I see peer pressure everywhere. And I just can’t stop thinking about it. And that goes back to Walden and all these other books where someone just decided to escape from all of this and started thinking for themselves. Bitcoin enables millions of people to behave like Thoreau if they wanted to, because it gives them that option.

What’s very dangerous is that if your only means of making a living is by conforming to your employer, and sharing all of the opinions that your employer has, you’re not allowed to become true to yourself, you can’t afford to express the most radically honest version of yourself. And you’re kind of imprisoned in a society where you have to conform to peer pressure in order to make a living or to even communicate online. So I kind of see Bitcoin as like the only way to escape from peer pressure right now. I think Bitcoin is much more radical than just financial independence. It frees your mind as well as your financial situation. 

P I hosted an Interintellect salon on Thoreau’s Walden one month ago and we touched upon the topics of peer pressure, building homes close to nature,  and “playing our own games”. If I hadn’t saved a big chunk of my salary monthly for the past year + invested some money in Bitcoin, I wouldn’t have had the luxury now to quit my job and have time off for self-study and thinking about what I really want to do next. As for my next question for you, Stephen…

books mentioned in the interview

Why invest time and money in art?

S I think that art is the most important thing in the world. Art is the most meaningful thing that there is, especially when it’s done without peer pressure and without financial constraints. If an artist is allowed to create their ultimate masterpiece, I think that’s the most beautiful thing in the world. I don’t think a lot of people know how much sacrifice goes into the highest quality works of art, how many things that they’re sacrificing to do this. But that’s something you find out by constantly interviewing artists and asking them personal questions such as: what kind of expenses go into this and how many people do you have to work with or to pay to cause all of these things to happen? If I can ask you a question, Patricia, what does art mean to you?

P Genuine connection and expression. I immediately connect with art – sculptures, paintings, photographs. Sometimes I express myself through painting on postcards or simple drawings in my journals. Expression via art is very important to me. Art is also an ongoing conversation with someone who is alive or dead. And there are many ways of having that conversation.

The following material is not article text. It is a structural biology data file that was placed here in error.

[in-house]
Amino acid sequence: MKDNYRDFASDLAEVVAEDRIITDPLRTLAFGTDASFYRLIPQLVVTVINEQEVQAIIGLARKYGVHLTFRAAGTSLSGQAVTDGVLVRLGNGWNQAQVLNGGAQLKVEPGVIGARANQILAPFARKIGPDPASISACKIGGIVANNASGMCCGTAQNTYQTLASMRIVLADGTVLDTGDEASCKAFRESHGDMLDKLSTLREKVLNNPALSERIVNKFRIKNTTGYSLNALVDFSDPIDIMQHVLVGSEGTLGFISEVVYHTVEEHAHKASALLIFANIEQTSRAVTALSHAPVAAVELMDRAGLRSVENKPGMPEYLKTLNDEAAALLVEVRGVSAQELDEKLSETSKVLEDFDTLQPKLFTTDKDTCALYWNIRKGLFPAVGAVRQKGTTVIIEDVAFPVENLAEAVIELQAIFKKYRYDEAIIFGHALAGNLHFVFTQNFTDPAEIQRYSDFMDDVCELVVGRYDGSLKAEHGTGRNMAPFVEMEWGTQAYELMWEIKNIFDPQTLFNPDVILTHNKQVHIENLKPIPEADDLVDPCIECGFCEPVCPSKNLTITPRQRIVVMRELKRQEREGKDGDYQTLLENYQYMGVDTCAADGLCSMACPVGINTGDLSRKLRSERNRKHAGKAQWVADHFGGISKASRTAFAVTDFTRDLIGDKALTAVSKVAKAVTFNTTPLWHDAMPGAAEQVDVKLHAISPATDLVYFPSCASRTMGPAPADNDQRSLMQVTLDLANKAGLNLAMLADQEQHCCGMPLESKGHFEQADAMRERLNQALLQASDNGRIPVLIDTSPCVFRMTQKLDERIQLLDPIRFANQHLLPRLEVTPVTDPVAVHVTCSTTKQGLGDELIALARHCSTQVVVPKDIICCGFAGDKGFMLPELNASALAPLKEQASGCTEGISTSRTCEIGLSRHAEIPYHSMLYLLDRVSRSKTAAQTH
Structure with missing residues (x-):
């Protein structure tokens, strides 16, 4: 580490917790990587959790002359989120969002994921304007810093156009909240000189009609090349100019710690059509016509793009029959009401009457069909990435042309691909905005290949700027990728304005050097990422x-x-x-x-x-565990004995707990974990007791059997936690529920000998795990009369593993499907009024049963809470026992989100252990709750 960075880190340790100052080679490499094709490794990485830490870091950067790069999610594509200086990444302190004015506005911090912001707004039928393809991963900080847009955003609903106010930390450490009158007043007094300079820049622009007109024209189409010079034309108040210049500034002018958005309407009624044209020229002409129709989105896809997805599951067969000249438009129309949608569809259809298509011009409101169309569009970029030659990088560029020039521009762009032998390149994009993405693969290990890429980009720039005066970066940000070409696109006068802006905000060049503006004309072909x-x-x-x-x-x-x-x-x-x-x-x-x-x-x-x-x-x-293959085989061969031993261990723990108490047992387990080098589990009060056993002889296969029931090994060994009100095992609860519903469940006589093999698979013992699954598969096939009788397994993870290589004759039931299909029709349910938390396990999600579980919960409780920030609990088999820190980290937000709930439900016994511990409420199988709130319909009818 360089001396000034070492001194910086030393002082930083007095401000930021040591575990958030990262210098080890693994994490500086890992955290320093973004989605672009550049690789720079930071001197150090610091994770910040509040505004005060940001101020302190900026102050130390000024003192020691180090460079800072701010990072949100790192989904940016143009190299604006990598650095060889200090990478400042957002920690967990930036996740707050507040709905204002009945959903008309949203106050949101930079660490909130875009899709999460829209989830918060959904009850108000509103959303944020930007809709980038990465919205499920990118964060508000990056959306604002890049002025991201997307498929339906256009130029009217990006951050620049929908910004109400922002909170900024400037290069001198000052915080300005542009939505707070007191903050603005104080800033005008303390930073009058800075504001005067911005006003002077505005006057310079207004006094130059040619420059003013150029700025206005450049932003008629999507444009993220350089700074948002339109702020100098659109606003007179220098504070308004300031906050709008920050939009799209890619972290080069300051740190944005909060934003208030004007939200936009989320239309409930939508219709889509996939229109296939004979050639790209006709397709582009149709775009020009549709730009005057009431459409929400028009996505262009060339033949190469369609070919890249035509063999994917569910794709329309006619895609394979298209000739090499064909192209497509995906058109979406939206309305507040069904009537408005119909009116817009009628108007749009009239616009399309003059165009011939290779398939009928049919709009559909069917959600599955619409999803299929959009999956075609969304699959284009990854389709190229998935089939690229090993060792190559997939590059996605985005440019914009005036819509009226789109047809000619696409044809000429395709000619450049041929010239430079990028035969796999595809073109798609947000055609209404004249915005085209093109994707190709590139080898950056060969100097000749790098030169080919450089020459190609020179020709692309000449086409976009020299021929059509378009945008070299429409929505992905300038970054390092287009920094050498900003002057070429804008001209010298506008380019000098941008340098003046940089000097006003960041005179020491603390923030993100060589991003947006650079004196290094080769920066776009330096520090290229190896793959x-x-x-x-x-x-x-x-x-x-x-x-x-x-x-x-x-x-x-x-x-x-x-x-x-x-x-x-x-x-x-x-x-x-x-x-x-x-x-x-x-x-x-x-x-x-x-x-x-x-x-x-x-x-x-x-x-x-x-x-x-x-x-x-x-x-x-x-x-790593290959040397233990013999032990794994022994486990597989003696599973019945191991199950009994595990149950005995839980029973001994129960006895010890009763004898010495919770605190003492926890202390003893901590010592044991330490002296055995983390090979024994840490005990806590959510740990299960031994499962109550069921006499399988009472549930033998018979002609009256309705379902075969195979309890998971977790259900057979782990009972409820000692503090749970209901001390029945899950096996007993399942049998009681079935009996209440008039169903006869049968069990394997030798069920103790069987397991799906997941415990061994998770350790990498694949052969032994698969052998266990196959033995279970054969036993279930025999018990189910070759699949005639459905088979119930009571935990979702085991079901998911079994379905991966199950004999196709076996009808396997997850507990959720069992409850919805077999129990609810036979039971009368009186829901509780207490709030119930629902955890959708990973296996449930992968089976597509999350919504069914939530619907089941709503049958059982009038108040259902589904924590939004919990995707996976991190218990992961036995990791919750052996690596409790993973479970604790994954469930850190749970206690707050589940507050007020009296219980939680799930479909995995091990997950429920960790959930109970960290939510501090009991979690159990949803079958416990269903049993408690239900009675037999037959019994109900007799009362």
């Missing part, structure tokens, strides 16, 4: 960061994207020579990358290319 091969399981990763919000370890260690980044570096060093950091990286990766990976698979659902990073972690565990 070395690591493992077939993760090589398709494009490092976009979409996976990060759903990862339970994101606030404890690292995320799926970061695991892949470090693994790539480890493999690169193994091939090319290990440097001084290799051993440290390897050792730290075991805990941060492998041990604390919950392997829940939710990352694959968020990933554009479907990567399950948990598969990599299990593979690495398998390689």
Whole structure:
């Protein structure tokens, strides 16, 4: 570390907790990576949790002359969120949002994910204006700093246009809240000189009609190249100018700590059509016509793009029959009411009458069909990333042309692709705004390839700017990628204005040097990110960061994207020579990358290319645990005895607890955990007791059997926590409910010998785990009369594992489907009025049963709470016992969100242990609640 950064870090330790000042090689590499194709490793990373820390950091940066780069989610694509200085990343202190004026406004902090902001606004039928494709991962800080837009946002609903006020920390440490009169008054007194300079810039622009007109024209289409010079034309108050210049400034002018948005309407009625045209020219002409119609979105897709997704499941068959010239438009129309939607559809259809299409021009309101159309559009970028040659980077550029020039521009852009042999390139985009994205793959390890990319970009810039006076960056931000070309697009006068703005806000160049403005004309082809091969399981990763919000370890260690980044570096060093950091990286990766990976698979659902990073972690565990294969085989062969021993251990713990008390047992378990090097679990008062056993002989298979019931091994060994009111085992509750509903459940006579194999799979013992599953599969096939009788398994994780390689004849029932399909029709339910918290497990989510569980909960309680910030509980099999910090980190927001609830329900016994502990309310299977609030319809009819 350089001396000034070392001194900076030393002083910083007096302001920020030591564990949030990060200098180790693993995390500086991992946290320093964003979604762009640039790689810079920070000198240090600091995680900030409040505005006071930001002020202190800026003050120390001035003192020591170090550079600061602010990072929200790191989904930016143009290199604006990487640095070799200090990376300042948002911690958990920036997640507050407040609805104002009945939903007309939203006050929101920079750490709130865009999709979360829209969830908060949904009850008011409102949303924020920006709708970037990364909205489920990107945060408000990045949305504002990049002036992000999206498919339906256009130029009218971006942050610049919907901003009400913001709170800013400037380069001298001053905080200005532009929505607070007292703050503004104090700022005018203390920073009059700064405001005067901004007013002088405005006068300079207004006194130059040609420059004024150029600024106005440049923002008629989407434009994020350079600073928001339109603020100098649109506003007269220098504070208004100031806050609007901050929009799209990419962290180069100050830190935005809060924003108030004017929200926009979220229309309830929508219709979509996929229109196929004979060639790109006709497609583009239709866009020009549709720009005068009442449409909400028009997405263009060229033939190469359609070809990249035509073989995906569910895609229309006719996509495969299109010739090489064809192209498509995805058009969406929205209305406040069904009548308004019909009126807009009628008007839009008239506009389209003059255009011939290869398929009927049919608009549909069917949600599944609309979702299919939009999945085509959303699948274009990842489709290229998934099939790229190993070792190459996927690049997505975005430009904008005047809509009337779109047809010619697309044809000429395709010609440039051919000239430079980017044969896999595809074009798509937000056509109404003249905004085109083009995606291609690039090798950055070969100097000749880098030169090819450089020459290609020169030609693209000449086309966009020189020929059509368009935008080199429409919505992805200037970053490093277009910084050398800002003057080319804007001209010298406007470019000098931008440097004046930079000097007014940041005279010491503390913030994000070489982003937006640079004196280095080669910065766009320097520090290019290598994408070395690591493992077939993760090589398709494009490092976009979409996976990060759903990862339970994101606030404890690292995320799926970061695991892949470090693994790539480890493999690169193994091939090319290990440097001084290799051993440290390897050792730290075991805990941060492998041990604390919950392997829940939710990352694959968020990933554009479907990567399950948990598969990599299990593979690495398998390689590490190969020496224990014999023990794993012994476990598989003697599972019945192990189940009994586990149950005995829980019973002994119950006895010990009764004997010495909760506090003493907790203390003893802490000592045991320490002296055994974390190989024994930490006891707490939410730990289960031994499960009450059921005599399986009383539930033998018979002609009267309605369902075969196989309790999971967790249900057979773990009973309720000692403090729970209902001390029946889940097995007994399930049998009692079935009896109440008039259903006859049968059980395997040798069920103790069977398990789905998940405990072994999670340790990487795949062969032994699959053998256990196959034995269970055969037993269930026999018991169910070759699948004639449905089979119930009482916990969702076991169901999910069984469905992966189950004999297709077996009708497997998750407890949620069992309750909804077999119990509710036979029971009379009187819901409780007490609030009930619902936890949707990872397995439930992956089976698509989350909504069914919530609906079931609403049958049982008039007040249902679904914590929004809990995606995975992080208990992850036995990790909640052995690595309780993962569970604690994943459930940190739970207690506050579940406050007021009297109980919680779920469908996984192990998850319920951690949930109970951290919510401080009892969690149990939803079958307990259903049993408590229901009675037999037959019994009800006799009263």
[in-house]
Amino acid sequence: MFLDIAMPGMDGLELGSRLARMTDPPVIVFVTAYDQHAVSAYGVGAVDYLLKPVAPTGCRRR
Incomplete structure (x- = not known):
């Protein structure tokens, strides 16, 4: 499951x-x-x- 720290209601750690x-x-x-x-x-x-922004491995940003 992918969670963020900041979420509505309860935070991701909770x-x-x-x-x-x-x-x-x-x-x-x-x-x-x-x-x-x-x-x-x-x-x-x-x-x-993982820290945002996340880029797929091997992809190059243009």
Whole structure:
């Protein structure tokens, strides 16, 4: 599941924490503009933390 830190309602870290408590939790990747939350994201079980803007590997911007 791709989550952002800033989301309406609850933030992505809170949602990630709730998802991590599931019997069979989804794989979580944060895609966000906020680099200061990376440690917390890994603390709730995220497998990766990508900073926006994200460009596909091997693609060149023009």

S Something I’m really interested in is getting something out of artworks that maybe the artist didn’t even intend for someone like me to be looking at. I love unexpected connections that break the mold of what something should or shouldn’t be associated with or connected with. I often see incredible things coming out of unexpected influences like this.

Why invest time and money in Bitcoin?

S I think Max Keiser called Bitcoin “the ultimate work of art”, that could be a bit difficult to understand. He says Bitcoin is art and his meaning of art is that it allows you to become fearless. Financially that is true, when you become financially free you can start taking all kinds of risks that you were afraid of taking in the past. That could be also true with artwork, in the sense that the artist also has to be fearless when they are creating their work. I see Bitcoin as an enabler of fearless artwork. Without Bitcoin, art feels very constrained, because there is not enough money, time, leisure, self-reflection. I see Bitcoin as the financial engine that allows something like artwork to become the fullest expression of what it can be, but this applies to other things as well. 

P Thank you, Stephen, for your time and for your insights.

Stephen’s Twitter || a documentary about Stephen’s art patronage project and the artists he supports